| A view of the rain-soaked M.A Chidambaram Stadium on Thursday evening. (Reuters)
Chennai: A bright, lush green ground, dark clouds overhead and raindrops sparkling like crystals against the halo of light around the floodlit stands. It made a breathtaking sight at the M. A. Chidambaram Stadium on Thursday evening.
Only, it was far from what would have pleased the nearly 40,000 who ignored the threat of rain and flocked to the TVS Cup tri-series opener between India and New Zealand. Having threatened to play spoilsport over the last few days, the weather gods had the last laugh and stopped the potentially absorbing contest after 26.5 overs into the Indian innings in the first session.
The home team was batting first after winning the toss and had proceeded to 141 for three with Sachin Tendulkar slowly getting into his groove. Even Yuvraj Singh was playing a cameo. But this exhibition of astute and bold batting was cut short with Sachin two short of his 63rd ODI fifty and Yuvraj on 29. The teams were awarded three points each.
The first spell of torrential shower stopped play at 4.47 pm. It abated after nearly an hour and the umpires and skippers made a brief inspection of the covered ground. A second burst of outpour drove the groundsmen off the turf and play was finally called off at 7.15 pm.
Before this, there was another 15-minute halt due to bad light. It was getting dark and the floodlights were not sufficient for cricket.
The match was promising to mature into a high-scoring affair, something people come to watch in one-dayers.
The pitch offered bounce initially, but was essentially genial to batsmen. And on such wickets, against bowlers not moving the ball in the air, Indian batsmen can be murderous. And they were threatening to do just that before at least two of them committed suicide.
Virender Sehwag and V.V.S. Laxman were in ominous touch, but the former paid the price of overconfidence and the second lost his wicket in a manner he would dread to repeat.
It was a strange combination of high quality batting and self destruction. Sehwag was his usual, adventurous self and Laxman class written all over. Yet, both returned to the pavilion thinking what might have been. Even Rahul Dravid got out to one from Daniel Vettori which he would normally caress past mid-wicket.
The start was just the kind spectators love to watch. Sehwag made his intentions clear by slashing at Jacob Oram in the second over and, buoyed by the sight of Chris Cairns grassing the tough chance at third-man, continued in the same vein. The show would frighten the purist, but its brutality and devil-may-care approach lit up the scene, even with dark clouds sending warning signals.
Another wild slash, off Darryl Tuffey in the seventh over, sailed over third-man and the next ball whistled past a diving Chris Harris at point.
With Tendulkar slowly but surely rediscovering his touch, the stage was set for a feast of boundaries, when Sehwag surrendered another good start. Having pulled Cairns for four in the bowler’s first over, Sehwag tried to force one through the covers off the backfoot without getting anywhere near the line of the ball. It took the inside edge and knocked back the off-stump. His 29-ball 31 contained five ferocious fours apart from that six.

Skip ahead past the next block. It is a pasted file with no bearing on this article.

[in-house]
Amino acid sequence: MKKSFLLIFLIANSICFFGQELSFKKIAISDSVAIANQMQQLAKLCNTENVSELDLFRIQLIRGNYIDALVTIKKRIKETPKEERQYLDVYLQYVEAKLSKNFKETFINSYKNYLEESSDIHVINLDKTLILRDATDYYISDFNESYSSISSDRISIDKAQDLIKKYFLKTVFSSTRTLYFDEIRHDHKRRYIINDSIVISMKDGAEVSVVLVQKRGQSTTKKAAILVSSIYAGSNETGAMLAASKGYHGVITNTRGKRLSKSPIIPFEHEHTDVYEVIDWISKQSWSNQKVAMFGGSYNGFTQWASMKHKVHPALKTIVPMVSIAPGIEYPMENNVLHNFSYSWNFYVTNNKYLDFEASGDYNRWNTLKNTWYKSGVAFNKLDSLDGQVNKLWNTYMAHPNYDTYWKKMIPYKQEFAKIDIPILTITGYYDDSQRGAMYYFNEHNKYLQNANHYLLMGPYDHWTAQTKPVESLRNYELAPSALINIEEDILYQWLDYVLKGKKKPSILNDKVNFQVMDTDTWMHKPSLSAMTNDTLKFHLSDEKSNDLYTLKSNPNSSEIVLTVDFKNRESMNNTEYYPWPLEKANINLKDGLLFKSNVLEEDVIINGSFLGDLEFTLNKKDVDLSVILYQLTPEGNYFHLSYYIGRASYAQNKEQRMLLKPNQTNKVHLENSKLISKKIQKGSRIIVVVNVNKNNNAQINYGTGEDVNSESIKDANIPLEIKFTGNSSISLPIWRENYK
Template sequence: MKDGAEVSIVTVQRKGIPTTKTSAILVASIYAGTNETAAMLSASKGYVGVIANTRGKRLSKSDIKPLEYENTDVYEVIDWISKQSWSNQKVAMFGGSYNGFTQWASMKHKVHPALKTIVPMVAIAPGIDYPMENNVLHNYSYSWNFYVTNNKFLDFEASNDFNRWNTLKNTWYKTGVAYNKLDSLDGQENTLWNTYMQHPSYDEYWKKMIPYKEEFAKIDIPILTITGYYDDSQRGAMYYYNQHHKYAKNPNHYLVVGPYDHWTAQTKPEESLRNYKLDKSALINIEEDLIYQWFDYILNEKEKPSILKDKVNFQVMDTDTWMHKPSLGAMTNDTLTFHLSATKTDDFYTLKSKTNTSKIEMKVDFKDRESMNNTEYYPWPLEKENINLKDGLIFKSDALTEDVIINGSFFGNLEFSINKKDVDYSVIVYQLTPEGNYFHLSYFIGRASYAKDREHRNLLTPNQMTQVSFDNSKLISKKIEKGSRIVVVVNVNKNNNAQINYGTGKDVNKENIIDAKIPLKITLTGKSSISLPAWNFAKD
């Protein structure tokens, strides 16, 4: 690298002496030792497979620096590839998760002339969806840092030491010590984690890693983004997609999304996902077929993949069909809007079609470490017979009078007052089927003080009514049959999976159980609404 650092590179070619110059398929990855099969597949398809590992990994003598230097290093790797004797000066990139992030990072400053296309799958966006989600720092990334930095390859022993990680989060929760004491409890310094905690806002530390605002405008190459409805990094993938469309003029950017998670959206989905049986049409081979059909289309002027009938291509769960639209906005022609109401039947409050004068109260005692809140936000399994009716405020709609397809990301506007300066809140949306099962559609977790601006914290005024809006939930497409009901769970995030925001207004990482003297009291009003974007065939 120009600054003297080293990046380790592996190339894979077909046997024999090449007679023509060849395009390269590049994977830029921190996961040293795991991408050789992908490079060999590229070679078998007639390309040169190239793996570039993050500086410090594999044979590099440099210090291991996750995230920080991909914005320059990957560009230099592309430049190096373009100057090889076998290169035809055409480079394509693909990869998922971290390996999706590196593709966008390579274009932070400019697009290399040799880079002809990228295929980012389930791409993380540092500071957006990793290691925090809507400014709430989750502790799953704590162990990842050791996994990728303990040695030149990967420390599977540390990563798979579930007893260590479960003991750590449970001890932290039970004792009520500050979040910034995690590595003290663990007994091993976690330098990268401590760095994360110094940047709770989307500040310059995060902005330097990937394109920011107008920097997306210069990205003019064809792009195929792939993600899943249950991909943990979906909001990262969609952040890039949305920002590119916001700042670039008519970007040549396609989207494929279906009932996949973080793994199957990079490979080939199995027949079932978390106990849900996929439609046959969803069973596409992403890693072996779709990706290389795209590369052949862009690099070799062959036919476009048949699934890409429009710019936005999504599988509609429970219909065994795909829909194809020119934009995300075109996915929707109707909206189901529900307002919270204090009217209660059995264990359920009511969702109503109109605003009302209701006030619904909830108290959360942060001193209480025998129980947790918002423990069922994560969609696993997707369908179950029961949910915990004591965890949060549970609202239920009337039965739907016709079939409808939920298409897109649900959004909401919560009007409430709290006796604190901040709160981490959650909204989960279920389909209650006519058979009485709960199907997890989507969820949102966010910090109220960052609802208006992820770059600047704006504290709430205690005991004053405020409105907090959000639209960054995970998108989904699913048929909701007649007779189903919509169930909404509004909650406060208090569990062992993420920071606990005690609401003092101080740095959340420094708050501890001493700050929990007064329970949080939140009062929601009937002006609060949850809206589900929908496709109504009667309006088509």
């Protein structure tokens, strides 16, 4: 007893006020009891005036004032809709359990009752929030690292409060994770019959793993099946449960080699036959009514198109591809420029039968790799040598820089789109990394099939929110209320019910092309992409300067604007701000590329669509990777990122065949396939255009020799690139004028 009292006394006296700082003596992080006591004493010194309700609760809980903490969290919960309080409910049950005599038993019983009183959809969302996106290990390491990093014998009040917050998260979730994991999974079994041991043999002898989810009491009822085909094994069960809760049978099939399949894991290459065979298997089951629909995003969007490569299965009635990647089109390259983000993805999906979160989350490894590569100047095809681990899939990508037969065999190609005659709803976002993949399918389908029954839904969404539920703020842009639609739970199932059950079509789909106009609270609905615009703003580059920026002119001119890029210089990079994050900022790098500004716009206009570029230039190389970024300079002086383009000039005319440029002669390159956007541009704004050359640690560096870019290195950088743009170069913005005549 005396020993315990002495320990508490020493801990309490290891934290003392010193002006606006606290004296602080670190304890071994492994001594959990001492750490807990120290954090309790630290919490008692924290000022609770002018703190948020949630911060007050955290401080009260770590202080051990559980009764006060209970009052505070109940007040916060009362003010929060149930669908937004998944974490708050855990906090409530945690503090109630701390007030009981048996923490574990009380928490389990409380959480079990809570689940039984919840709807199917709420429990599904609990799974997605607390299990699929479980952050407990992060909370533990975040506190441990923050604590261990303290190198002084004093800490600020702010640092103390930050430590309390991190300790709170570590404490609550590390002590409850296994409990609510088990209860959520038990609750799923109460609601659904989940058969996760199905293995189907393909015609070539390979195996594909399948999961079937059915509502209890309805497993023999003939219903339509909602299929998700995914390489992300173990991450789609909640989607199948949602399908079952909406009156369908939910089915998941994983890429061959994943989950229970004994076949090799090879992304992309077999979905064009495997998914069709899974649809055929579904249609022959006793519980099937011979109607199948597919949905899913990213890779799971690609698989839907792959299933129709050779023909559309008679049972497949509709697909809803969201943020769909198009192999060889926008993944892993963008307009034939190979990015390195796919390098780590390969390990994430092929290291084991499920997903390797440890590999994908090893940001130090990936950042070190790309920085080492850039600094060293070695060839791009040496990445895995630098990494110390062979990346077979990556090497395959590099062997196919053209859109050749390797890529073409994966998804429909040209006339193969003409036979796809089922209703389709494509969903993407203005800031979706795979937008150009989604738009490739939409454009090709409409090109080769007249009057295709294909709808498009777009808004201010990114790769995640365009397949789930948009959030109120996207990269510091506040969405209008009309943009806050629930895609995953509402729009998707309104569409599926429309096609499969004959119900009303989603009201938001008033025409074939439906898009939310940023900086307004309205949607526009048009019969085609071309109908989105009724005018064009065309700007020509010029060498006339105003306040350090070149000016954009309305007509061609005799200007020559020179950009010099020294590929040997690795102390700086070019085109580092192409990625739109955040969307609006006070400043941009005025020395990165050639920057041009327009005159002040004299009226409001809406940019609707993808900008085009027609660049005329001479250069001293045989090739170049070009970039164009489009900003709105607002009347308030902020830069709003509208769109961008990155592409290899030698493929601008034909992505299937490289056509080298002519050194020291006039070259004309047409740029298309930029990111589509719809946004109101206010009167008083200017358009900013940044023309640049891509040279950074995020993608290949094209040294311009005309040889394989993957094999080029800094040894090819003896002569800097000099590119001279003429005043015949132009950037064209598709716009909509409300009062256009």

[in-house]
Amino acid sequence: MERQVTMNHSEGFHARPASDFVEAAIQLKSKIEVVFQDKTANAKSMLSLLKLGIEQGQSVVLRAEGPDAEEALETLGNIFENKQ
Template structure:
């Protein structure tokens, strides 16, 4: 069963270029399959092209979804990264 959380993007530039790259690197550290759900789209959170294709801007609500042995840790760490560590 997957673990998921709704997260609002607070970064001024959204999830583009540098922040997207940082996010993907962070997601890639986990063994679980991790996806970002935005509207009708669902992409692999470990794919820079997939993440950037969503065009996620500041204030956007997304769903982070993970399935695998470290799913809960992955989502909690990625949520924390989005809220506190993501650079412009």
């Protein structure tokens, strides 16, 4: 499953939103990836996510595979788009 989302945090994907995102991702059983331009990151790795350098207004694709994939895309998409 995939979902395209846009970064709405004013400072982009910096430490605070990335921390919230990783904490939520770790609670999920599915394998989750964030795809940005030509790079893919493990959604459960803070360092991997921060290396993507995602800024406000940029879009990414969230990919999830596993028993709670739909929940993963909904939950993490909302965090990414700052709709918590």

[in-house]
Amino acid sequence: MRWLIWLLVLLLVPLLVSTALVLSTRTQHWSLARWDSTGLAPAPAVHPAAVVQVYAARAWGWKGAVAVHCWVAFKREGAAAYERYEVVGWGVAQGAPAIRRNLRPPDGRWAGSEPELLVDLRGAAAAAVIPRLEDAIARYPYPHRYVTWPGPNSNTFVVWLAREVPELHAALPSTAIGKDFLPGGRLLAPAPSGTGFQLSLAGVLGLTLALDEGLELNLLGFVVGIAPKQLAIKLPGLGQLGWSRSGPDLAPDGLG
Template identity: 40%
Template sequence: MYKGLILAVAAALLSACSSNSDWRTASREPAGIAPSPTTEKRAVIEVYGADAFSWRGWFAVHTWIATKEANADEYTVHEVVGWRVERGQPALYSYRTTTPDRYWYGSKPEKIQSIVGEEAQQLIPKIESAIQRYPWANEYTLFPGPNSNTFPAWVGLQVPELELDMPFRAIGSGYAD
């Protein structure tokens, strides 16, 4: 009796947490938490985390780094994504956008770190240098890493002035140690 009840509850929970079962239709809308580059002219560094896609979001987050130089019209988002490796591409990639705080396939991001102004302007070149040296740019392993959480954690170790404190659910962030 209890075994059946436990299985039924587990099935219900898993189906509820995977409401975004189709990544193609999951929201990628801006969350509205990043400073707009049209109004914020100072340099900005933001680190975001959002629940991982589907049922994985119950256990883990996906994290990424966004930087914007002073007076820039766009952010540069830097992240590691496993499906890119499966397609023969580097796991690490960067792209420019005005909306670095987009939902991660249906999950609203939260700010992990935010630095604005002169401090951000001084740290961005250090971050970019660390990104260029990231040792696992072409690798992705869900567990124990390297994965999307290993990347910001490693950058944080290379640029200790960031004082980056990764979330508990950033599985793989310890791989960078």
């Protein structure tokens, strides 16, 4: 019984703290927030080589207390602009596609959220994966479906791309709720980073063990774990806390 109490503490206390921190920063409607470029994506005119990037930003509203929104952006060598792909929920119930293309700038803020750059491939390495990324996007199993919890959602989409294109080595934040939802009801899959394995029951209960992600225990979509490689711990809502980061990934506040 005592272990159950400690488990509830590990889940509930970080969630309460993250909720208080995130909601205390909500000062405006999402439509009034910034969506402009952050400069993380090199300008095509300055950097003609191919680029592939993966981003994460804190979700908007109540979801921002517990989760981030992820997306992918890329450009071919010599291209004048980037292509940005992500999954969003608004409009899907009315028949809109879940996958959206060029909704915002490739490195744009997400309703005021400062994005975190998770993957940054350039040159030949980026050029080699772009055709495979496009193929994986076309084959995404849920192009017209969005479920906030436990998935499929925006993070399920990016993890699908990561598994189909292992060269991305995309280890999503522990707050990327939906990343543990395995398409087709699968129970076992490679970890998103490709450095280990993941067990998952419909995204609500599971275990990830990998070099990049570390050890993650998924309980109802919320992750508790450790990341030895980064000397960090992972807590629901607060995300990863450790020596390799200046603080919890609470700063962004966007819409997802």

If Sehwag’s stay was entertaining because of its explosive ingredients, Laxman’s brief outing was punctuated by some sublime shots. After edging Paul Hitchcock through the vacant slips cordon, the right-hander underlined his immense class with a square drive and an on-drive in the same over which produced 14 runs.
It was probably too good to last. Scott Styris presented Laxman a long hop in his first over, 15th of the innings, and instead of dispatching it behind the ropes, the batsman gifted the easiest of catches to substitute Kyle Mills at deep square-leg. Mills was the only fielder in the deep on the leg side and Laxman picked him with fatal precision.
Dravid also looked in good touch and started by working the ball behind square on the leg-side with characteristic finesse. The run-rate was still over six an over at 99 for two after 15 overs, and the team needed a consolidating partnership between Sachin and Dravid. But in Vettori’s first over, the stand-in captain drove uppishly a juicy, flighted half-volley and Styris at short-wicket took a sharp catch.
Even with things looking gloomy, Stephen Fleming left his mark on the match for the variety of things he tried. Every time things looked like swinging out of control, the New Zealand captain tried to pull it back by constantly making things different for the batsmen.
Starting with the conventional two-man ring at slips, Fleming showed he dares to be unorthodox by rotating the two mandatory close-in catchers in different combinations during the first 15 overs. He also made frequent bowling changes and incidentally, three bowlers justified the skipper’s moves by striking in their first overs.
Unfortunately, the crowd missed a lesson in how such tricks should be handled as was being demonstrated by Sachin. Having shown little of his mastery in the Test matches, the Little Master looked determined to get a big one. With others blazing away at the opposite end before being dismissed, Sachin was playing the classical anchor. A straight drive off Oram, a pull of the same bowler and a punch on the backfoot through covers against Darryl Tuffey suggested he is back in touch.
The Diwali in Chennai ended a dampener. Maybe Gwalior will witness the fireworks on Sunday.
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